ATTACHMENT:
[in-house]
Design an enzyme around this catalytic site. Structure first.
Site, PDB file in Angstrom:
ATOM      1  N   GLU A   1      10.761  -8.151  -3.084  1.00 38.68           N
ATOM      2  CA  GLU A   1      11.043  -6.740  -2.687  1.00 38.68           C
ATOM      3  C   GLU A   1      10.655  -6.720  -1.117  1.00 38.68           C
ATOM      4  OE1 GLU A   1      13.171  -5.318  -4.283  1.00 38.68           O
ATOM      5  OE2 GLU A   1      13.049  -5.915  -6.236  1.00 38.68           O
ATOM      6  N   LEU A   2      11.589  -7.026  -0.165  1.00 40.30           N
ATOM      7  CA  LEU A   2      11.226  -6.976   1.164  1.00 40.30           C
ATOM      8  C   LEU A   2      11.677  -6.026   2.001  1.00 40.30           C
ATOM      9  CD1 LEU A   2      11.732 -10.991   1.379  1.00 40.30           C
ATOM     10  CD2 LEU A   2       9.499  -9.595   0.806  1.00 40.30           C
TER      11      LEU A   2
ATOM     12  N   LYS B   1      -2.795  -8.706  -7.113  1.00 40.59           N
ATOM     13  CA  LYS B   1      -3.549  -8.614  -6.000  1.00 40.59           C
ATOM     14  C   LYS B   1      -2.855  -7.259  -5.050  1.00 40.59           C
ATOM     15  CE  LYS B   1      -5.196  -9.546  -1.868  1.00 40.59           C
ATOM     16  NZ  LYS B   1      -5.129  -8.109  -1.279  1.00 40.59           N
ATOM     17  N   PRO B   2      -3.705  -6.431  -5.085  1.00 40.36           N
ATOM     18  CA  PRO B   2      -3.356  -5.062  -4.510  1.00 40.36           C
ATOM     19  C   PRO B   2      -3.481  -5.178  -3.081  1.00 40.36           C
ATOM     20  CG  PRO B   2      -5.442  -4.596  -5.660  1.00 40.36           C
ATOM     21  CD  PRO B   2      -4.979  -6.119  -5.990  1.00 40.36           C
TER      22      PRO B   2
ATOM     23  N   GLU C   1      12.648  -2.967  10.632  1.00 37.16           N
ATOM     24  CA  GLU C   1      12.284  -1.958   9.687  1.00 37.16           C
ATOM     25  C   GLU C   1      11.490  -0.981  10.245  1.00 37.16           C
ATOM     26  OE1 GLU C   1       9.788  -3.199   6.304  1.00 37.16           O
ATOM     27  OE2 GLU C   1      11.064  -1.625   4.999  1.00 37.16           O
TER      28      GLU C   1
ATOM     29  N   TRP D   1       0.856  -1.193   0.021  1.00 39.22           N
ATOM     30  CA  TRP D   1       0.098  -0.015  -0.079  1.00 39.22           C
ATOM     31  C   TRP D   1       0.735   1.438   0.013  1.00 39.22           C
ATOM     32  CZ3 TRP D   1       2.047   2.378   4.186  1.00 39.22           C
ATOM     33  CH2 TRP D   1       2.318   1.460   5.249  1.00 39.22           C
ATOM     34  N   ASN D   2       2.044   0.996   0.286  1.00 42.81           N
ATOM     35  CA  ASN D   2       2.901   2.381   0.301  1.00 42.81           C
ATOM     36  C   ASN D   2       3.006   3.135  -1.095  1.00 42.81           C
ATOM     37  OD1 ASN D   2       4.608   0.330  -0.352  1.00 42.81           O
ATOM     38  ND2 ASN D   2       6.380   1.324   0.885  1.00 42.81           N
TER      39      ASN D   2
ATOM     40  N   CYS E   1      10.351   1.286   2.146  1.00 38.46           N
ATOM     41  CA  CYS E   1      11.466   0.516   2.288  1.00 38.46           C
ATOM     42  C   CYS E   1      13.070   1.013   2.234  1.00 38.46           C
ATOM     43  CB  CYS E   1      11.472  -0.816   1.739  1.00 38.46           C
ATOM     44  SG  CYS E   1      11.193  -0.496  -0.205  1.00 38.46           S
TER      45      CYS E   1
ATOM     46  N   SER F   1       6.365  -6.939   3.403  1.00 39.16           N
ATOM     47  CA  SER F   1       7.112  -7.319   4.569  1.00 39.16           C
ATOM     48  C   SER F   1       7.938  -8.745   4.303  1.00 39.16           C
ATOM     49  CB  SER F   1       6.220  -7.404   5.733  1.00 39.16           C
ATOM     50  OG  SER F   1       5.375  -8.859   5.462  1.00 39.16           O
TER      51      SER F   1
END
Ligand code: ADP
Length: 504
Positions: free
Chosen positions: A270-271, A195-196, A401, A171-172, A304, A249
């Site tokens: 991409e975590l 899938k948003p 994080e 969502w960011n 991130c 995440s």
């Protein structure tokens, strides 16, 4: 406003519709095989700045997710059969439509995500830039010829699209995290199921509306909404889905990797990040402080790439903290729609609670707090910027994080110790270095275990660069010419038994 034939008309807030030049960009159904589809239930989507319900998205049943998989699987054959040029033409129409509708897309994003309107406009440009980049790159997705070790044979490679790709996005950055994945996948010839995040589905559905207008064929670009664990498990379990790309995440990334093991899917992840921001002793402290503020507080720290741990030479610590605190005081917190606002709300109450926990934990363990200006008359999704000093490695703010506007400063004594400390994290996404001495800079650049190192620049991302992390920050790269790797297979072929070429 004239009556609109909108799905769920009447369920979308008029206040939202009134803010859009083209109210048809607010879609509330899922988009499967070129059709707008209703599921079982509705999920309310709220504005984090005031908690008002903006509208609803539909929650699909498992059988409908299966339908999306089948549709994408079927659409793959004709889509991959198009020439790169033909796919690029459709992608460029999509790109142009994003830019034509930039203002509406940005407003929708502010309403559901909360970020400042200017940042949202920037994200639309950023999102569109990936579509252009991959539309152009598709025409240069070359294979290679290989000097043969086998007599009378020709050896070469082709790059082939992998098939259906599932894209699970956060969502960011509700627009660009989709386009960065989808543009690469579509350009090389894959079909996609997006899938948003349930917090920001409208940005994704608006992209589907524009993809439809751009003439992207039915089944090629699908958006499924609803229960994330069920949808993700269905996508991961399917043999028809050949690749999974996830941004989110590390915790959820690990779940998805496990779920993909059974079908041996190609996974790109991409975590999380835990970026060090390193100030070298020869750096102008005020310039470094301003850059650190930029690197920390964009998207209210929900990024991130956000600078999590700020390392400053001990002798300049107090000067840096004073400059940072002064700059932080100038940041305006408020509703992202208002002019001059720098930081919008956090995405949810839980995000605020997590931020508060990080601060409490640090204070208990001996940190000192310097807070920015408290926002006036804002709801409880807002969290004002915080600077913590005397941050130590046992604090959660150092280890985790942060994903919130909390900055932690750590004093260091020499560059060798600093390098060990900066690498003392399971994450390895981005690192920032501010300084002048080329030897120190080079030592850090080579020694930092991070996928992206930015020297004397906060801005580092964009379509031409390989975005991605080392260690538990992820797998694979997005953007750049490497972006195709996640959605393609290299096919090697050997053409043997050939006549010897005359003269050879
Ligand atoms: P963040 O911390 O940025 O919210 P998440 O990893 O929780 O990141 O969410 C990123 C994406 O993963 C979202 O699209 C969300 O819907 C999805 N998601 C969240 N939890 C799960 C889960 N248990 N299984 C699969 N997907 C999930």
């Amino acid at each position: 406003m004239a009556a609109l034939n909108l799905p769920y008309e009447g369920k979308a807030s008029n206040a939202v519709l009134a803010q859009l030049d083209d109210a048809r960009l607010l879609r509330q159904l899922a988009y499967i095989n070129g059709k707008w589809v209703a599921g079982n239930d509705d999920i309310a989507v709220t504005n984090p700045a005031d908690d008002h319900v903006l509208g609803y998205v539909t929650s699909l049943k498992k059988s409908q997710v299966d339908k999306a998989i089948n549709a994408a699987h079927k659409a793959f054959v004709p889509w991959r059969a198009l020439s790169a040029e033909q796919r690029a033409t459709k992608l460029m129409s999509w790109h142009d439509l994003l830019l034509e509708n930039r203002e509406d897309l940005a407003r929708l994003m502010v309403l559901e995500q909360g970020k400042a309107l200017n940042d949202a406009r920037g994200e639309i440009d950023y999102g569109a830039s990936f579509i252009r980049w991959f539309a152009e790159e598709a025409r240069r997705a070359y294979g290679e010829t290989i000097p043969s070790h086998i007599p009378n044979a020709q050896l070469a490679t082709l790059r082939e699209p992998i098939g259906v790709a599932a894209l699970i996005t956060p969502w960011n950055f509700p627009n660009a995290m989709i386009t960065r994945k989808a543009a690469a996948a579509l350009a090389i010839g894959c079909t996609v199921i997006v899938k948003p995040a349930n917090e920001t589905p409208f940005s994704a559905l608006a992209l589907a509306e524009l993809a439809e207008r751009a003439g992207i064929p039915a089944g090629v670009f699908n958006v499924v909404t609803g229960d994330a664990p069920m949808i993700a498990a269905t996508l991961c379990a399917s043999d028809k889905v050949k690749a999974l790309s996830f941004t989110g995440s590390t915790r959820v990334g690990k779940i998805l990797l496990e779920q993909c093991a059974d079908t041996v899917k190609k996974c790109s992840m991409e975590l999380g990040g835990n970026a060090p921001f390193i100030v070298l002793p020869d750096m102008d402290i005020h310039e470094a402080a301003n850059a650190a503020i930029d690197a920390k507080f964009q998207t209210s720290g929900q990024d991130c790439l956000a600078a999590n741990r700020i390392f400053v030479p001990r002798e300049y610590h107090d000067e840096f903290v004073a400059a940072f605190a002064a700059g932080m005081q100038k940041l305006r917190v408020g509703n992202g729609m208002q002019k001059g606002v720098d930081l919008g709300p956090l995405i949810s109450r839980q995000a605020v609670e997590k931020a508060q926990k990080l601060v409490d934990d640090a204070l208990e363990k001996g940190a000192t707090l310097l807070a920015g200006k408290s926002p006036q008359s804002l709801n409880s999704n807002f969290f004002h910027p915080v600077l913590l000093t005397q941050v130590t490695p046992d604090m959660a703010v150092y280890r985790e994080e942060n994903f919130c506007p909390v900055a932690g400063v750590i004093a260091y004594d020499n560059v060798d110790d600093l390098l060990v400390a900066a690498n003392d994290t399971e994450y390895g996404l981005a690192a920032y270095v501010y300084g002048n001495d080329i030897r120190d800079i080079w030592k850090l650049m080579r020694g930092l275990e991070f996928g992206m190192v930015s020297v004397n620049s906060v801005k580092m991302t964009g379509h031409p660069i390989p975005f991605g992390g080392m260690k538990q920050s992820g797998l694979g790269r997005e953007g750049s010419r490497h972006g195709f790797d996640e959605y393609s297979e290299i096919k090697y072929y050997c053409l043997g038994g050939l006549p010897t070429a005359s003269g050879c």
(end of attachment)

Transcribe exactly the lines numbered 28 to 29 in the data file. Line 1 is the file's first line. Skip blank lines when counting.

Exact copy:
ATOM     25  C   GLU C   1      11.490  -0.981  10.245  1.00 37.16           C
ATOM     26  OE1 GLU C   1       9.788  -3.199   6.304  1.00 37.16           O